We propose to evaluate which topical agent, voriconazole or natamycin, is the superior treatment for fungal keratitis in a randomized, masked, controlled trial. Historically, fungal keratitis has been endemic in warm climates such as India and has been relatively uncommon in temperate regions of the United States. For example, in settings such as South India as many as 50% of infectious ulcers are fungal, while they made up about 8% of infectious ulcers seen at the Proctor Foundation at UCSF prior to 2005. However, in 2006, there was an epidemic of keratitis due to Fusarium spp in the U.S. and Asia, and there was heightened concern about how to best care for these patients. Although the peak of the epidemic has subsided, the concern over the best way to care for fungal keratitis patients remains. Fungal ulcers tend to have very poor outcomes with the commonly used treatments, natamycin and amphotericin B. There has been only a single randomized trial of anti-fungal therapy for mycotic keratitis, and no new ocular anti-fungal medications have been approved by the FDA since the 1960s. Our preliminary studies indicate that the newer triazoles are more effective than natamycin in vitro against filamentous fungi such as Fusarium and Aspergillus spp, the most common causes of fungal keratitis worldwide. We also found that although most cornea specialists indicate that voriconazole would be their preferred treatment, their actual practice often differs because of the lack of evidence supporting the newer anti-fungals. In this study, we will enroll patients with fungal ulcers at the Aravind Eye Hospital in South India and at the Proctor Foundation, UCSF. Research Question: Which topical agent, voriconazole or natamycin, is more effective in the treatment of filamentous fungal corneal ulcers? Specific Aims: 1) To determine which topical anti-fungal treatment, voriconazole or natamycin, results in better visual acuity. 2) To determine which agent, voriconazole or natamycin, results in better clinical outcomes for subgroups of organisms. 3) To determine whether there is a correlation between antifungal susceptibility and clinical outcomes in fungal keratitis. Fungal corneal ulcers are an important cause of blindness worldwide, especially in warmer climates such as in India. Currently, we do not have an evidence basis for their treatment and outcomes are poor. From in vitro studies and case reports, voriconazole may be a promising new treatment option, but there is not sufficient evidence to advocate its use over natamycin. This trial will aim to generate information to help physicians tailor their treatment of fungal ulcers in an evidence-based manner.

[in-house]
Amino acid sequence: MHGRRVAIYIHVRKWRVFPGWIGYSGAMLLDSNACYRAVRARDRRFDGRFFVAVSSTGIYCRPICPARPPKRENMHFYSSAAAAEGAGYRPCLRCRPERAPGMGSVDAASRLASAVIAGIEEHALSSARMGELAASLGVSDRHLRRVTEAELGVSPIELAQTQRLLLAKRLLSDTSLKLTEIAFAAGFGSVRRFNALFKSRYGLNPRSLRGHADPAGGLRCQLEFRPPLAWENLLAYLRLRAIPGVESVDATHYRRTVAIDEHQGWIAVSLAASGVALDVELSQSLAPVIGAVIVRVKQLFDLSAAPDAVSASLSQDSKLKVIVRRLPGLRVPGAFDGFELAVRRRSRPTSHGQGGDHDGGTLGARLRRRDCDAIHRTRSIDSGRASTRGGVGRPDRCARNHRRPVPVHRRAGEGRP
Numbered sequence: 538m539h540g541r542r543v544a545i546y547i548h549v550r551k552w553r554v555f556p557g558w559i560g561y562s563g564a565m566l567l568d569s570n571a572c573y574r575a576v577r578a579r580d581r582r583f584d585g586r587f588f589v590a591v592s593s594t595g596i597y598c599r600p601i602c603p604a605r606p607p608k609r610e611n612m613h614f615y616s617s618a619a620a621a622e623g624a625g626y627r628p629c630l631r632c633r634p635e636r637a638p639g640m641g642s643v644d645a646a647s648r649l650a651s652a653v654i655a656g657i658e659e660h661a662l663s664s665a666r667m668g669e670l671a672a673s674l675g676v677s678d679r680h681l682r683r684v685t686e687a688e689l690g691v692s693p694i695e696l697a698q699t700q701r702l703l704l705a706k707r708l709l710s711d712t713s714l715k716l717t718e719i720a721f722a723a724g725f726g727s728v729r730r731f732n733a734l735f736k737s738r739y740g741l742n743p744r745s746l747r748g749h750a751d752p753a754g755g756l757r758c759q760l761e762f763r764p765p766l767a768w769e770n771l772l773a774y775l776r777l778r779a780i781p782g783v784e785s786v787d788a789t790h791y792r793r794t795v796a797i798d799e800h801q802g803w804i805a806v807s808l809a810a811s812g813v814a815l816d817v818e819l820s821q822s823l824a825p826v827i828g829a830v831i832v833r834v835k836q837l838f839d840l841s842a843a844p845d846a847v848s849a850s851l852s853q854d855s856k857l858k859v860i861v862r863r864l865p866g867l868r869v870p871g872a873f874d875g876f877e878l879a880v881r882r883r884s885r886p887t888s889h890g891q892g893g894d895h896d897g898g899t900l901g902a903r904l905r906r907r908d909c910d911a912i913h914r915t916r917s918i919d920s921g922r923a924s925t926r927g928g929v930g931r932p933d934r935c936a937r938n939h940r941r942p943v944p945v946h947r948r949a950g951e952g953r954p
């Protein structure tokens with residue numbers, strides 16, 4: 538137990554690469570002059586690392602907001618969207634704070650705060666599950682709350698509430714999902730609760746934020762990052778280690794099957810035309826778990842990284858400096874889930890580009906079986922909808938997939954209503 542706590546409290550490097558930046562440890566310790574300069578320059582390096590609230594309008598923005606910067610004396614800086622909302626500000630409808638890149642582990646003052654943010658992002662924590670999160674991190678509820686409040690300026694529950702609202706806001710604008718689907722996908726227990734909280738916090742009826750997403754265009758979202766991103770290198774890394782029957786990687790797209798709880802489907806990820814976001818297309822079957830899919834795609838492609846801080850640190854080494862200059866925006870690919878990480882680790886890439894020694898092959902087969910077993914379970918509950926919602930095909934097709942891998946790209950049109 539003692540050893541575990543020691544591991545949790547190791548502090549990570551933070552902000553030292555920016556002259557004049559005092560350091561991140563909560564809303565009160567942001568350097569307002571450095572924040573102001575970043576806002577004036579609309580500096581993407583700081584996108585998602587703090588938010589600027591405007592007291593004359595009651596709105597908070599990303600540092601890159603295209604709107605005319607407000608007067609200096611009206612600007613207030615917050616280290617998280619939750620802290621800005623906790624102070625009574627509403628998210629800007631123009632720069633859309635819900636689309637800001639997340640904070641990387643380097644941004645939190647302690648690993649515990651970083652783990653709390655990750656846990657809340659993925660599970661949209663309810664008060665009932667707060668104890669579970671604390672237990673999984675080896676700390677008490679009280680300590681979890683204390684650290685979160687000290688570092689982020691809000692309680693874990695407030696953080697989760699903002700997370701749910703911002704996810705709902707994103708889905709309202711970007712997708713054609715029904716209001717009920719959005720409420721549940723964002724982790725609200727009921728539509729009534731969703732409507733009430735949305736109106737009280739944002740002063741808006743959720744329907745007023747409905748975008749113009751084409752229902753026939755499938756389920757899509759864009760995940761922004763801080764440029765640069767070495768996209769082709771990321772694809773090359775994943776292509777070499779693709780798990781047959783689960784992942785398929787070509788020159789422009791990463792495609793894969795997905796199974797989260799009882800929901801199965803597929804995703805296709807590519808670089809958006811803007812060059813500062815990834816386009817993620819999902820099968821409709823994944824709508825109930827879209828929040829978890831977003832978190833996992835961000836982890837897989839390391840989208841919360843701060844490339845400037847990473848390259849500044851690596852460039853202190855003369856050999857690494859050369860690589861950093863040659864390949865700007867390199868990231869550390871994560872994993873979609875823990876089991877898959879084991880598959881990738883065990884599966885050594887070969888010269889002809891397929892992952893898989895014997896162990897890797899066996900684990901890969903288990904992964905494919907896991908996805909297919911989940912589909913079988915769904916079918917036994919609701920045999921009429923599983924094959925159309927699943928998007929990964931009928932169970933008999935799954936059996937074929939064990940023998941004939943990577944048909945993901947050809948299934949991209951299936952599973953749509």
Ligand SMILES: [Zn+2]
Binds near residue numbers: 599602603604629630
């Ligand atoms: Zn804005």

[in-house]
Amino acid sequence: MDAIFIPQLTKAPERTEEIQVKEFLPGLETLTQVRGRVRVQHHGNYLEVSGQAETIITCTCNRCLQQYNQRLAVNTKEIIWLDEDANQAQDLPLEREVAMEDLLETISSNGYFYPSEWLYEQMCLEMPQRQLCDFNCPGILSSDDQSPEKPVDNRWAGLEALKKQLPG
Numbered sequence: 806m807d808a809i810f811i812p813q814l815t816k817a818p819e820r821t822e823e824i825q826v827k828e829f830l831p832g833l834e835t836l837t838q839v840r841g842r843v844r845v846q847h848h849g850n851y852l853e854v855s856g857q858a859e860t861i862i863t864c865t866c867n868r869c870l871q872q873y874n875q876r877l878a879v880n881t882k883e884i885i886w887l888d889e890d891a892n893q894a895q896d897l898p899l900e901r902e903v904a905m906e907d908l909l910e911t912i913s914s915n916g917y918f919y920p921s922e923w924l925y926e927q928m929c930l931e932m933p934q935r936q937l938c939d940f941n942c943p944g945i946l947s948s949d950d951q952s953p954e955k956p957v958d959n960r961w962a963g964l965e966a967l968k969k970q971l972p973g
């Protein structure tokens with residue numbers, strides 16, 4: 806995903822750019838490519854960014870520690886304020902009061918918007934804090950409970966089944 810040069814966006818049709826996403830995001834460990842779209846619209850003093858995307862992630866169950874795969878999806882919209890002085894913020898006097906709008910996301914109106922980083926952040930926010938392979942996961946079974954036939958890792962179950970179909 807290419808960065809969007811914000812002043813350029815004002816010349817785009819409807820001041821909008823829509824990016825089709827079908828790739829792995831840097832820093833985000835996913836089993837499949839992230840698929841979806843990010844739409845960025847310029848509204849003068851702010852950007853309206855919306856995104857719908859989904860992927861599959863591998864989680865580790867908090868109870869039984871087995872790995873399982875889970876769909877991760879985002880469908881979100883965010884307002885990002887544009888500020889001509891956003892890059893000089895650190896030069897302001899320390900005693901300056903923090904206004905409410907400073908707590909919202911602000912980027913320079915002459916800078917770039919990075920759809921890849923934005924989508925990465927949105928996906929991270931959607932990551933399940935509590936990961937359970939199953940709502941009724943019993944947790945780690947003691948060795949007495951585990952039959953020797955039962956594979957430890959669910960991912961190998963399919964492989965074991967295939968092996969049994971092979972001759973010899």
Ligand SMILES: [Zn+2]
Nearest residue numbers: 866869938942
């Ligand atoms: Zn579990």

National Institute of Health (NIH)
National Eye Institute (NEI)
Cooperative Clinical Research--Cooperative Agreements (U10)
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Special Emphasis Panel (ZEY1-VSN (09))
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Everett, Donald F
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University of California San Francisco
Schools of Medicine
San Francisco
United States
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Sun, Catherine Q; Lalitha, Prajna; Prajna, N Venkatesh et al. (2014) Association between in vitro susceptibility to natamycin and voriconazole and clinical outcomes in fungal keratitis. Ophthalmology 121:1495-500.e1
Lalitha, Prajna; Sun, Catherine Q; Prajna, N Venkatesh et al. (2014) In vitro susceptibility of filamentous fungal isolates from a corneal ulcer clinical trial. Am J Ophthalmol 157:318-26
Sun, Catherine Q; Prajna, N Venkatesh; Krishnan, Tiruvengada et al. (2013) Expert prior elicitation and Bayesian analysis of the Mycotic Ulcer Treatment Trial I. Invest Ophthalmol Vis Sci 54:4167-73
Prajna, N Venkatesh; Krishnan, Tiruvengada; Mascarenhas, Jeena et al. (2013) The mycotic ulcer treatment trial: a randomized trial comparing natamycin vs voriconazole. JAMA Ophthalmol 131:422-9
Prajna, N V; O'Brien, Kieran S; Acharya, Nisha R et al. (2013) Voriconazole for fungal keratitis. Ophthalmology 120:e62-3
Lalitha, Prajna; Lin, Charles C; Srinivasan, Muthiah et al. (2012) Acanthamoeba keratitis in South India: a longitudinal analysis of epidemics. Ophthalmic Epidemiol 19:111-5